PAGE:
Today was one of those days when I wish we were a little more “high church” at our church. It would have been great fun to have the full rigmarole of Gospel fanfare, procession, candles, incense, etc etc, perhaps an organ prelude and a canticle or two as well, all being swung into action to surround today’s Gospel reading, for the Feast of the Circumcision:
And at the end of eight days, when he was circumcised, he was called Jesus, the name given by the angel before he was conceived in the womb.
And, er, that’s it.
Our pastor got a good sermon out of this short text, though. The circumcision of Jesus is packed full of significance: prefiguring the cross as our Lord spills his blood for the first time, prefiguring the resurrection by taking place “on the eighth day”, the start of Jesus’ fulfilment of the law on our behalf.
But this is not something we could understand just from viewing the events, which on the face of it were no different from any other first-century Jewish boy’s circumcision. What makes this event significant is the revelation of God: “he was called Jesus, the name given by the angel”. This divinely-given name, Jesus (meaning “God saves”), is what tells us that these events are “for us and for our salvation”.
At one point our pastor told a story from when he was at university, where his political science lecturer was also a Southern Baptist preacher – and taught political science in much the same way as he preached.
At our pastor’s graduation, this preacher-professor was called upon to say the opening prayer. Even though this was, as our pastor put it, some years before political correctness, the normally-forthright professor did not mention Jesus once in his prayer. Presumably he didn’t want to offend anybody. Instead, he addressed his prayer to “that great being who is out there”.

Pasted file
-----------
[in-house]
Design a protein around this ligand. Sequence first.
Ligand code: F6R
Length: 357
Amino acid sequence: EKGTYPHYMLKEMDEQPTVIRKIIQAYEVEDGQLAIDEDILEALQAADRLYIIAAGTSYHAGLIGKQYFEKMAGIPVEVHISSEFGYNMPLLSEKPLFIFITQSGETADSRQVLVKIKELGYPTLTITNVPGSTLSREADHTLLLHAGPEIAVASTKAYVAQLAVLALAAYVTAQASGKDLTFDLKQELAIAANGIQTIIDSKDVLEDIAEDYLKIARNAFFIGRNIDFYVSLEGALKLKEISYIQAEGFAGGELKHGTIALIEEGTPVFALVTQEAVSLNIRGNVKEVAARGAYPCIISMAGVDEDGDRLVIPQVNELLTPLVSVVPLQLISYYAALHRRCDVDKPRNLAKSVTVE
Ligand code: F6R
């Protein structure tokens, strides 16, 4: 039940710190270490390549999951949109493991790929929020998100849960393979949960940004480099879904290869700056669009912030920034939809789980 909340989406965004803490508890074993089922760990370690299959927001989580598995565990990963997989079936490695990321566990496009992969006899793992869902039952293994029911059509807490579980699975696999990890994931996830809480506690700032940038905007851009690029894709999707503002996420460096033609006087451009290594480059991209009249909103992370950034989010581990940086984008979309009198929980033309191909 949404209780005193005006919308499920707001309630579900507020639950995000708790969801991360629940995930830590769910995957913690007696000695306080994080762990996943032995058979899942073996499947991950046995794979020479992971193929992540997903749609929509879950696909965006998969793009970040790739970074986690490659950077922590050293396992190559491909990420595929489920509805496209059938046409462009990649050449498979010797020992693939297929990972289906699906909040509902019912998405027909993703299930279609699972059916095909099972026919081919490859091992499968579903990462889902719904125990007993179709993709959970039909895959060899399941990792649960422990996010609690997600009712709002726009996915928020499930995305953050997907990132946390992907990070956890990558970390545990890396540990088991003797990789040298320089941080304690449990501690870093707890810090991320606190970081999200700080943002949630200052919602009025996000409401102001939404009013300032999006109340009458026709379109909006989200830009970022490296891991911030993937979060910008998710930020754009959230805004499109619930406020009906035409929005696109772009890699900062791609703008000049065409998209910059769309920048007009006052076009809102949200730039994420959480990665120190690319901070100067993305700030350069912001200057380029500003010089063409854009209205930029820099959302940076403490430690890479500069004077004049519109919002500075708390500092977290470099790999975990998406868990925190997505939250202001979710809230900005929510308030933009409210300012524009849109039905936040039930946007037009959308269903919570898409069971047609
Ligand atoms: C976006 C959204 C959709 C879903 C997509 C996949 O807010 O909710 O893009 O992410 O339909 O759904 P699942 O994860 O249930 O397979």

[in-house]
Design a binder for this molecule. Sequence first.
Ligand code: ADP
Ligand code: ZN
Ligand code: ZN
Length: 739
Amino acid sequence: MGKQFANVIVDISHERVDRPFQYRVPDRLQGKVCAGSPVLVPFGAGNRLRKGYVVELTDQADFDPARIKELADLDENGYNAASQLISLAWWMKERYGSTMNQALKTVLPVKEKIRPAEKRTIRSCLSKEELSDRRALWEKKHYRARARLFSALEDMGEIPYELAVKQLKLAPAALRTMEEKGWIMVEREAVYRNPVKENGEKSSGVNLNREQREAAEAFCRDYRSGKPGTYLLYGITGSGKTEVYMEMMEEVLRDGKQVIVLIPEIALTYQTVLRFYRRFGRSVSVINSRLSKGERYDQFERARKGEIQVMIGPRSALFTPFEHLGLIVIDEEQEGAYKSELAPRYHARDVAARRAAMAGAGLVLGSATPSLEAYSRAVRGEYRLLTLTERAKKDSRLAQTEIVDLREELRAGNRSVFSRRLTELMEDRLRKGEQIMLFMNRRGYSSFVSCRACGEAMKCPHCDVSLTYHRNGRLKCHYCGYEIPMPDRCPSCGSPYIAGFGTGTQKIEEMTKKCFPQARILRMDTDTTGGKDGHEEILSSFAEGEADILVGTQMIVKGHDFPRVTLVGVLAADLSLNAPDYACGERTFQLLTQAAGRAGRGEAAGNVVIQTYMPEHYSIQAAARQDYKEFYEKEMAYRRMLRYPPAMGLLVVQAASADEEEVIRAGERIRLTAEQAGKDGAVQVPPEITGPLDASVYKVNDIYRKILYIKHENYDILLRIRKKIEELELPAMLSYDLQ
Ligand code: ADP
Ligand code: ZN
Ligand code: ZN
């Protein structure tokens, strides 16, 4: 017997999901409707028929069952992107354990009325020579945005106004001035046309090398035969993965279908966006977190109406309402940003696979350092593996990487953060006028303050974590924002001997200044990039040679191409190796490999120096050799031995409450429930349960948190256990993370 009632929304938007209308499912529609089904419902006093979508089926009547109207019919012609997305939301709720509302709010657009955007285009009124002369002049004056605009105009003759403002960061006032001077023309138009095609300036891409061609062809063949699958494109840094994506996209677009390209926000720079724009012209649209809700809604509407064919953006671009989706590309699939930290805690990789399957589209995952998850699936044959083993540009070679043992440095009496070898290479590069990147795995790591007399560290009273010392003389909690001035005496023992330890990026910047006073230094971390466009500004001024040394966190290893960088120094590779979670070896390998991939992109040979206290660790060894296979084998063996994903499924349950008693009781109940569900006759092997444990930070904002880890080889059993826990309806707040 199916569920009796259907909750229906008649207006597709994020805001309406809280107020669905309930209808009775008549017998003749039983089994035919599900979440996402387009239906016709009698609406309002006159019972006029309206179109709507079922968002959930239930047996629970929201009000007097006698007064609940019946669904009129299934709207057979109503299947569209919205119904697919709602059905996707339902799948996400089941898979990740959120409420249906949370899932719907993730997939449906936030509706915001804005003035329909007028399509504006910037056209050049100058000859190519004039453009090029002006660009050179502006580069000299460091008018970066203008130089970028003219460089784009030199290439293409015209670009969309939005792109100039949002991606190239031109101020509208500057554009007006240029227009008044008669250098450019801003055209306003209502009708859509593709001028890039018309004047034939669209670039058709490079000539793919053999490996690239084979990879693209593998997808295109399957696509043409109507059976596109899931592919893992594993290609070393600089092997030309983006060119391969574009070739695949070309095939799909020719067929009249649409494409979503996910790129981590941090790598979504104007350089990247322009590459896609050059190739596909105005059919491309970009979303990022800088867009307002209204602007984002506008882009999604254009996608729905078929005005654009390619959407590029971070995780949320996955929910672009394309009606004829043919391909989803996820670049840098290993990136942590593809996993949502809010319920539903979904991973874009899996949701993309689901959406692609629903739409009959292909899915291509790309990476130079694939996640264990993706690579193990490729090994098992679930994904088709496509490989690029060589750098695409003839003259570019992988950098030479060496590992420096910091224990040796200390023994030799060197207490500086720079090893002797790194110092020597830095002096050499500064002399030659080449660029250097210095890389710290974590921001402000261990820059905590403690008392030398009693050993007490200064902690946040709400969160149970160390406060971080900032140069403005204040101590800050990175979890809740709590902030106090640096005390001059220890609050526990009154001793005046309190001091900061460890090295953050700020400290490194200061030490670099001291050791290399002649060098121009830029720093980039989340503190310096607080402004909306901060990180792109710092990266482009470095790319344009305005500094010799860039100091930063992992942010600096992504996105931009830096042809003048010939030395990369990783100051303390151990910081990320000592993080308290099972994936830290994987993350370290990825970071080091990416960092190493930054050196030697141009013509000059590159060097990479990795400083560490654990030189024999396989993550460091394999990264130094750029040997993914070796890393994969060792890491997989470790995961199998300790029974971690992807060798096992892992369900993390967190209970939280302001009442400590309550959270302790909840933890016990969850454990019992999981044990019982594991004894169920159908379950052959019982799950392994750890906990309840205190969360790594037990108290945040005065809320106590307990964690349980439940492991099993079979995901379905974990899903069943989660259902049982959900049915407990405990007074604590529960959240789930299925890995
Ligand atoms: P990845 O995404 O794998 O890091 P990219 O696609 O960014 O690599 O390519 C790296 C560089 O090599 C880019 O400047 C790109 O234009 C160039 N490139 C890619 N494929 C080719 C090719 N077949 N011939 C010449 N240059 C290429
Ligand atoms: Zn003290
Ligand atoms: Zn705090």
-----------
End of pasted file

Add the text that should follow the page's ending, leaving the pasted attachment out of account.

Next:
Our pastor’s comment was that, as he sat there listening to this prayer, his thought was, “This isn’t any God I know”. But without the Word of God, and specifically that Word that is summed up in the name “Jesus”, this is the only God of which anyone could have any inkling: a great-but-vague “being” who is “out there”, somewhere.
The only way in which we can know God, and to know that he is “for us”, is to know him not as “that great being who is out there”, but as that apparently weak and insignificant being who is down here: as a baby in a manger, as a man dying on a cross. Even today, it is not the God “out there” who we can know is for us, but the God who is “down here” under the seemingly insignificant and unimpressive forms of preaching, absolution, Baptism and the Lord’s Supper.
When we go to church, just as if we had been present at our Lord’s circumcision, it is only the Word of God that gives what happens there any significance or meaning, that turns it into something that is “for us”, something by which “God saves” us in Jesus. It is by the Word of God that a man speaking at the front of the church becomes a messenger from God for us, declaring to us God’s promises in the Gospel. It is by that same Word of God that water becomes a life-giving Baptism, and bread and wine become the body and blood of our Lord, given and shed for us for the forgiveness of our sins.
Which is why even if we had spent five minutes this morning swinging incense and wandering around with candles before and after this miniature Gospel passage – nice though that would have been 😉 – it would still be that one short sentence that was the truly significant event.